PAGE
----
We spent the afternoon looking for night roosts, because the cold front and high winds would minimize bat activity. We drove for miles, looking under bridges with no luck. Then we spotted an abandoned cinder-block building. On the floor inside we found lots of droppings and abundant wings of large insects, indicative of night roosting pallid bats. With this evidence in hand, we returned at sundown armed with several mist nets. It was so cold that only a few bats arrived, but we caught three pallid bats.
We took these back to the studio where Merlin tested them for likelihood of cooperation by hand-feeding them mealworms. And although under such circumstances each bat was precious, he released one immediately because it refused to eat from his hand. There was nothing to do but wait and see if at least one of our remaining bats would go to our cardon flowers.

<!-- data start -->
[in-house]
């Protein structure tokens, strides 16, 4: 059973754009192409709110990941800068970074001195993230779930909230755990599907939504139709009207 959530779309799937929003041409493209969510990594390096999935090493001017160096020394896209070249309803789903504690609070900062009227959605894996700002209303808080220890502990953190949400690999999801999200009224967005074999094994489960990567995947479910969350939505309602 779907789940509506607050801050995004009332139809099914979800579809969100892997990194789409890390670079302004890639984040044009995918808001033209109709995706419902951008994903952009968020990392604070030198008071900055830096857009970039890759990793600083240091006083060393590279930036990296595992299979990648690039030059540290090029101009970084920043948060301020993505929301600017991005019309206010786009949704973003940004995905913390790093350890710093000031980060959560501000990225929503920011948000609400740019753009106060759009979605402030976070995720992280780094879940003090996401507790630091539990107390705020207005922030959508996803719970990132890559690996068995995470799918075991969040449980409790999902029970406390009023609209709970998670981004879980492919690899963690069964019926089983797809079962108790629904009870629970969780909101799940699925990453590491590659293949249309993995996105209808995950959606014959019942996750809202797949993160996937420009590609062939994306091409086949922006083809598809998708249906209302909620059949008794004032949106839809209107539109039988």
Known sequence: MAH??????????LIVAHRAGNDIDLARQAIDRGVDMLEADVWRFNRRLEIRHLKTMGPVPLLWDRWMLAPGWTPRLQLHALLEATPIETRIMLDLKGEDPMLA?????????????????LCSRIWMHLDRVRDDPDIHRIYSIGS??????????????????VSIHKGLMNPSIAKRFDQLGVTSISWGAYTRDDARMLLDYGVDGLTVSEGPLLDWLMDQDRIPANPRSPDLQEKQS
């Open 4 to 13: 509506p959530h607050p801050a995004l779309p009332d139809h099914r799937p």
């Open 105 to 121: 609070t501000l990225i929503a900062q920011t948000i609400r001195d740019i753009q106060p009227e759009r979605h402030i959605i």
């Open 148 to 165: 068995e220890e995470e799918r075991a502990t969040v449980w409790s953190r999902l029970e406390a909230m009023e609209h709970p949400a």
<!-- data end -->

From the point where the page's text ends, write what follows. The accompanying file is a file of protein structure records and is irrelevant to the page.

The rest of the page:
After about 30 minutes of watching our bats with great anticipation, as they circled our flowers, the one we had already worked with for a night suddenly decided to go to a flower, and we got outstanding pictures with its head thoroughly covered in pollen. This bat couldn’t have performed any better, and we got incredible shots, despite our early challenges. We named her La Contessa, after the original proprietress of the villa of San Basilio where we had captured her.
We were delighted with the great results, but our one bat quickly became engorged with nectar and didn’t want to come back, so we made sure the bats were well fed, and went to bed at 3 a.m.